Last weekend we went to the fair. We didn’t ride many rides this year. (I rode none since I’m pregnant.)

The younger children had NOT gone to Carowinds this summer, so we did let them ride a few.

We looked at the animals. This rabbit has the softest fur. I think it was a Rex.

We also checked on our project entries. My daughter won 3rd prize for her candle and my son 2nd for his technology poster.

But the biggest thing that has kept me so busy lately is Cross Country. I am so proud of my son and what he’s accomplished. It has been a great experience for him, even if it has been exhausting for me.

 

Sep 172010
 

Hopefully this will be a title that I want to use frequently! But after a very rough start on Monday, this turned out to be a great week of school for us. Monday was rough because  my oldest woke up with conjunctivitis which sent us to the eye doctor in the morning, followed by 4H, a Cross Country Meet, and violin lessons in the afternoon. Definitely a tiring day for me!

The bigger kids did a great job on all their independent work this week. There were no tears and a minimum of complaining. Hmm, maybe I didn’t give them enough?? (Just kidding)

My younger son hit a road block in math…Telling time. I was able to teach him to tell the time in 5 minute increments, but what he doesn’t get is the passage of time. For example, right now it’s 4:10. What time will it be in 5 minutes? So, I decided to skip this section in math for now. (That was VERY hard for me to do.) Today we worked on some calendar pages and he completely gets those. But on the positive side with him, I did see great improvement in his reading today. He is reading through the All About Reading books that correspond with All About Spelling (which I absolutely LOVE for him, by the way!). Today he was able to get through some of the sentences without so many L…O…N…G pauses between words. He also seems to have gotten the idea about putting spaces between words in a sentence and beginning with a capital letter in his dictation sentences.

We finished up our study of the Pilgrims this week. I took two weeks instead of one, but there was so much to cover that I didn’t think we had done it justice. We finished our read-aloud literature book, Almost Home, at lunch today. It is excellent historical fiction. I highly recommend it for a study of the Pilgrims. We also watched Desperate Crossing: The Untold Story of the Mayflower, which we borrowed from Netflix. This was a reasonably balanced account, especially for The History Channel. (i.e. they didn’t make fun of the religion of the Pilgrims.) My daughter has started 2 of her colonial times projects: a fan and a cross stitch project. My son still hasn’t figured out what to do for his project.

I also taught my daughter how to make brownies this week. She’s entering them in the fair. I know that seems backwards, but I never seem to teach her to cook without some sort of deadline. For the last several years, she’s found something she wanted to learn how to make, entered that contest in the fair, and then I teach her how to do it. She placed with her peanut butter cookies the first year. Last year she didn’t win any ribbons for her muffins or cookies, but won a blue ribbon for her weaving project. This year she’s making brownies and a candle. We have already worked on candle-making for 4H so at least that is not totally new.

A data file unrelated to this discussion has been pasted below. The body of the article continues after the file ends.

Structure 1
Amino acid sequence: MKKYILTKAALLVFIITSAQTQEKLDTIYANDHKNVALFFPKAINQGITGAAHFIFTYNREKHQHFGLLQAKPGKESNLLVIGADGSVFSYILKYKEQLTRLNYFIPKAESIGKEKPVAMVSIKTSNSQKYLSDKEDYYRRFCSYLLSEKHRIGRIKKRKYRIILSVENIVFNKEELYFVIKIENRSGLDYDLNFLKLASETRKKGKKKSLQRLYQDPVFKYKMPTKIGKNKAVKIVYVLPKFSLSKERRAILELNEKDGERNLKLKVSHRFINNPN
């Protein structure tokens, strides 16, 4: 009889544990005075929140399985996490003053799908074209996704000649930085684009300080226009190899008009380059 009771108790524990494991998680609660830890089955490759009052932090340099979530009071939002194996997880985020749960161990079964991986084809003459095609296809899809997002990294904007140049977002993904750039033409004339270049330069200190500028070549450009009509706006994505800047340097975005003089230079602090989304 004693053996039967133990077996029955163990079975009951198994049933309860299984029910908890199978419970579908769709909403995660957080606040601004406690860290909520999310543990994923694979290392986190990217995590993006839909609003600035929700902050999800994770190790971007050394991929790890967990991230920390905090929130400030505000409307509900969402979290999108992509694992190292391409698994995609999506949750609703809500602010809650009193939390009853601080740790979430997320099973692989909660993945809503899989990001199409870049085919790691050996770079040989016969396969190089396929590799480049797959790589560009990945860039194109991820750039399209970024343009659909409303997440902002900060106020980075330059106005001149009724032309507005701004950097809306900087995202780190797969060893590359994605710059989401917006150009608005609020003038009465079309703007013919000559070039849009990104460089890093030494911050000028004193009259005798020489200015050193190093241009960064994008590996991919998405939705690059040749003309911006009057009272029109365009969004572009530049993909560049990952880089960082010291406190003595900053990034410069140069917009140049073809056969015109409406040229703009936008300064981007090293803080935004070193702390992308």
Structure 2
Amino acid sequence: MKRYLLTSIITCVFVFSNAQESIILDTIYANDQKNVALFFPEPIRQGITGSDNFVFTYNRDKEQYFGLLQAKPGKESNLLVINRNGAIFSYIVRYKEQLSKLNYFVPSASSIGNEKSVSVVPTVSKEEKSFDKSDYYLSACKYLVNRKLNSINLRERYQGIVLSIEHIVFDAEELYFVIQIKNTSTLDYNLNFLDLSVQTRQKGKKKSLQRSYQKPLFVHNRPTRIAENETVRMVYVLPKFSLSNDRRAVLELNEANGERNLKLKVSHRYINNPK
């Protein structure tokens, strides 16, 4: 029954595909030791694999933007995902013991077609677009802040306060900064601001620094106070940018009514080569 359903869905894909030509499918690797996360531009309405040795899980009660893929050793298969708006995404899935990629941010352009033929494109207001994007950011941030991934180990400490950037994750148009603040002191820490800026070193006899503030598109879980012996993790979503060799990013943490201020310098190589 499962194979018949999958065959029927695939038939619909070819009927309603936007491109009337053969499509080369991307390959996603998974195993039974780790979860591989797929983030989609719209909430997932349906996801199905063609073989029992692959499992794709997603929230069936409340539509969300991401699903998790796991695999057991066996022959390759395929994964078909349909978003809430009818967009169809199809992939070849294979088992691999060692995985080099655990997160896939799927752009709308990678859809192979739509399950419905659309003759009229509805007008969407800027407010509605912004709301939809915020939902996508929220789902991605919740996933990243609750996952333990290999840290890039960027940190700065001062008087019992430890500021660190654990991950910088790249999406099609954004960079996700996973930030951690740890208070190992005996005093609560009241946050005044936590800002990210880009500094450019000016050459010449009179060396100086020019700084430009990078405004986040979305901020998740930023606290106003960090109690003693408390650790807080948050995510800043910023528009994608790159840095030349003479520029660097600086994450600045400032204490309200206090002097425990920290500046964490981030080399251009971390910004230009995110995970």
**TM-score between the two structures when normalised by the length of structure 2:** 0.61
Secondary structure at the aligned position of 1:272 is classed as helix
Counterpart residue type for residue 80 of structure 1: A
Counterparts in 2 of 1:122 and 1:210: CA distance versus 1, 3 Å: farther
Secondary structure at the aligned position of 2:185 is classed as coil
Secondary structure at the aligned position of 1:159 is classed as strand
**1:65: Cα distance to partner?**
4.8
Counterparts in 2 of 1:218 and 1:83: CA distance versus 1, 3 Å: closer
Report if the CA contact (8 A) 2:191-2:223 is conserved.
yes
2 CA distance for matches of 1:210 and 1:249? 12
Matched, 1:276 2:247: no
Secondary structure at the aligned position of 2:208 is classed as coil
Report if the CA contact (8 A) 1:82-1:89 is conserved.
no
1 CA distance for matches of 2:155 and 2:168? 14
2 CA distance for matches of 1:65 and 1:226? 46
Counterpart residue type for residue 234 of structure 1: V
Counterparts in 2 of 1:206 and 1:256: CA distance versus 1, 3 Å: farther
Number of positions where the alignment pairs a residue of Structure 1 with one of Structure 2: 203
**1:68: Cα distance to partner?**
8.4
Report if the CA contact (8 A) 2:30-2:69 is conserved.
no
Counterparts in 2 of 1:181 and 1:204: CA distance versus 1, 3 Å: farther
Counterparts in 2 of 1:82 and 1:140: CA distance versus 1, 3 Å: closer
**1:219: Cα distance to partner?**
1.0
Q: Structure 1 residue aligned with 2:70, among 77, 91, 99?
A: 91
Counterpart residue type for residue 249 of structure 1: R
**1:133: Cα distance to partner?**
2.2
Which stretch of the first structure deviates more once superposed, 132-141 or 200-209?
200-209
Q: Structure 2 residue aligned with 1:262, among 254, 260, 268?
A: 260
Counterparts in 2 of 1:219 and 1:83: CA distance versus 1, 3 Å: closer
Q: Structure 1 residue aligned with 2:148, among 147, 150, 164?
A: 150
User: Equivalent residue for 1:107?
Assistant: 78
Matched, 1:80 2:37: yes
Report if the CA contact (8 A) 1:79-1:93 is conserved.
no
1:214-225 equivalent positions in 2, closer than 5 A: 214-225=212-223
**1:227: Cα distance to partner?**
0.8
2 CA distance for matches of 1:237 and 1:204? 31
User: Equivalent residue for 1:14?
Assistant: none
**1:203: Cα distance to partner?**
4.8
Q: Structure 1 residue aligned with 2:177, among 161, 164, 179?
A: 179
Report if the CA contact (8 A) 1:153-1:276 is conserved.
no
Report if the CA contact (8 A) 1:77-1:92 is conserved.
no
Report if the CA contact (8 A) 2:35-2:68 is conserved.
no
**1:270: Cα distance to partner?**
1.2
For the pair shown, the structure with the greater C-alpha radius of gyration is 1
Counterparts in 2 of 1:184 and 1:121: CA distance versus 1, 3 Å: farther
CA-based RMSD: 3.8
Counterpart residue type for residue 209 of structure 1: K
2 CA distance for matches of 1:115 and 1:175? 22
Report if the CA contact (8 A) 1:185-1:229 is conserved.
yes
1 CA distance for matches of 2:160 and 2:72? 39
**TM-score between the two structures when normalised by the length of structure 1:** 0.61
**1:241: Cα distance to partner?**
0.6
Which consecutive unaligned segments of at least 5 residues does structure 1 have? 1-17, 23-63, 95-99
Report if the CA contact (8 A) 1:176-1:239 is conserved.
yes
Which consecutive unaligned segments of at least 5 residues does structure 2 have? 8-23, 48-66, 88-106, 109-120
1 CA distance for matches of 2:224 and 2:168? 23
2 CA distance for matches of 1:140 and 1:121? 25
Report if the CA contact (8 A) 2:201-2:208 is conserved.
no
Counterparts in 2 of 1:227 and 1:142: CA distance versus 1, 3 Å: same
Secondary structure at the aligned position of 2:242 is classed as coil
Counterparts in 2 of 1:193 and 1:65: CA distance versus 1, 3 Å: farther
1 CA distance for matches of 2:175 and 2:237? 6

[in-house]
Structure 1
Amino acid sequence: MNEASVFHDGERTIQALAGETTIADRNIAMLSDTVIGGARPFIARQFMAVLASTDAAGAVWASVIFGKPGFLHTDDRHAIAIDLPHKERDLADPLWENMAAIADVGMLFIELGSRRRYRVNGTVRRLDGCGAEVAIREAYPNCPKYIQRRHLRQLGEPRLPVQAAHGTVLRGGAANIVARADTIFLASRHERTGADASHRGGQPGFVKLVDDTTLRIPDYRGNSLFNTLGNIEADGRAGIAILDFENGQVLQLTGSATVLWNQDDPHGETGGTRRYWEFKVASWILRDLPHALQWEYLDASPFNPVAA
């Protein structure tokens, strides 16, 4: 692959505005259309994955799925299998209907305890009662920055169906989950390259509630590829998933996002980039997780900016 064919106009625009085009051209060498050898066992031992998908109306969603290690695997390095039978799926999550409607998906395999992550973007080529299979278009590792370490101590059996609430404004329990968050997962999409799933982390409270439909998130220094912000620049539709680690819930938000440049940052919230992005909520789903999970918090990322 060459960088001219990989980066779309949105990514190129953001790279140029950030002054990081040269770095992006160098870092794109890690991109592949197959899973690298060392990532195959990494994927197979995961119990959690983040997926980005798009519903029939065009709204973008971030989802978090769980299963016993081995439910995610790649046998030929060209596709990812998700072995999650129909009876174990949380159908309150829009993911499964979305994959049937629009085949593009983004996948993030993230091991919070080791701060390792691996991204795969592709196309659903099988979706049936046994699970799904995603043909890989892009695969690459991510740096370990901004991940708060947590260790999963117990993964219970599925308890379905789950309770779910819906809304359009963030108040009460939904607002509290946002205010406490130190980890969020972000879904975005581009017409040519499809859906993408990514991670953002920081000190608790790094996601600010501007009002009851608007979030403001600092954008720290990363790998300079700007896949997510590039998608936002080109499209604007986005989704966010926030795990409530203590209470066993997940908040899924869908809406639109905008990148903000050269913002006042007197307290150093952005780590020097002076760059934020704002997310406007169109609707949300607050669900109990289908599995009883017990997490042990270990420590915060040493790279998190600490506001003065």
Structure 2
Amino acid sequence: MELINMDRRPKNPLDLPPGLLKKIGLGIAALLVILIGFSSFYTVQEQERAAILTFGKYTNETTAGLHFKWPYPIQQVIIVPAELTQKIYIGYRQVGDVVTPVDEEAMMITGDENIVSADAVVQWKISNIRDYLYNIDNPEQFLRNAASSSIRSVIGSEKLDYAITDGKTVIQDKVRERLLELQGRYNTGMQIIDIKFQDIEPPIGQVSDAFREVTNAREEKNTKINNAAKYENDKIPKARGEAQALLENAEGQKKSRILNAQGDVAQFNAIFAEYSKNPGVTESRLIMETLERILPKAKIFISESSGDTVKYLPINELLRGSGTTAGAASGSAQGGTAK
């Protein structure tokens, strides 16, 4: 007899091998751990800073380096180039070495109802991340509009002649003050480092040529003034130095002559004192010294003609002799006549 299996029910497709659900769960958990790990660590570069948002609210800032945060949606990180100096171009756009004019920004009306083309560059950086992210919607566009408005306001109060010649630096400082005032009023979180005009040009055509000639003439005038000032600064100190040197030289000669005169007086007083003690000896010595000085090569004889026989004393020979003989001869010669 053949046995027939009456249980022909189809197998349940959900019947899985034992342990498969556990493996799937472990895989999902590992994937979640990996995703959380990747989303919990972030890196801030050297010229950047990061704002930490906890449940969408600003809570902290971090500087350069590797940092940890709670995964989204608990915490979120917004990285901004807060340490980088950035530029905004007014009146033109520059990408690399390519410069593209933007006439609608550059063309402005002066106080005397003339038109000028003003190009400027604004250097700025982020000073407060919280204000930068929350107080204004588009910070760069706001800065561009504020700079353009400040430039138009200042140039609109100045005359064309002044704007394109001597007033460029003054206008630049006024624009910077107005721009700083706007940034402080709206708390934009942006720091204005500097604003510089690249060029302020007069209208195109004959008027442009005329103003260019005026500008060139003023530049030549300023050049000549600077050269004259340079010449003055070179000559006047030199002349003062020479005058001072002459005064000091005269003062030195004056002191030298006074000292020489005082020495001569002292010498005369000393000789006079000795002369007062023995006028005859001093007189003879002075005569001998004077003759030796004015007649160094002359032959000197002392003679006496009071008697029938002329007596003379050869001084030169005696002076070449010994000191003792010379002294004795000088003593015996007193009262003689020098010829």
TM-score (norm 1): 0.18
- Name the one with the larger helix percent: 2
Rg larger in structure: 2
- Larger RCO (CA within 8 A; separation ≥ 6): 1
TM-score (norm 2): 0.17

My son has a Cross Country meet bright and early tomorrow morning. I’d like to figure out a way for the whole family to go, but I’m just not seeing it. He’s supposed to be at the course (an hour away) at 7:30 tomorrow morning. Maybe we’ll come up with something.

Visit Weird, Unsocialized Homeschoolers to read more Weekly Wrap-ups!

Sep 142010
 

It’s been busy as usual around here. Yesterday I hardly had time to breathe and didn’t get a chance to even do any school with my younger son. Not that he minded 🙂 We had a 4H meeting, a Cross Country meet, and violin lessons in the afternoon. To top off the already busy day, my older son woke up in the morning with conjunctivitis, so we also had to squeeze in a visit to the eye doctor and the pharmacy.

But today was much better. We were able to complete all of our morning work….get this…in the morning! Then after lunch and afternoon chores, we went to the library. When we got back I started Module 2 in Apologia General Science with my older son. I had not even looked at it and discovered that we had 2 “experiments” to do. Thankfully, the materials were simple to find and the experiments were simple too.

After that, I sent my daughter to look through the Felicity Cookbook and the Felicity Craft Book (Both American Girl books.) We’re studying Colonial times in Tapestry of Grace and she’s going to do some Colonial crafts as part of our study. We’re also planning a Colonial style meal for our Unit Celebration. She got a good start at picking out crafts she wanted to do. Then I had her make a list of the supplies that we needed to purchase. We’ve also got our menu planned for our Unit celebration. My son will be making a video about Colonial times. We’ve yet to narrow down the topic enough. But it warmed my heart to see him reading through Colonial Living by Edwin Tunis looking for ideas for his video topic.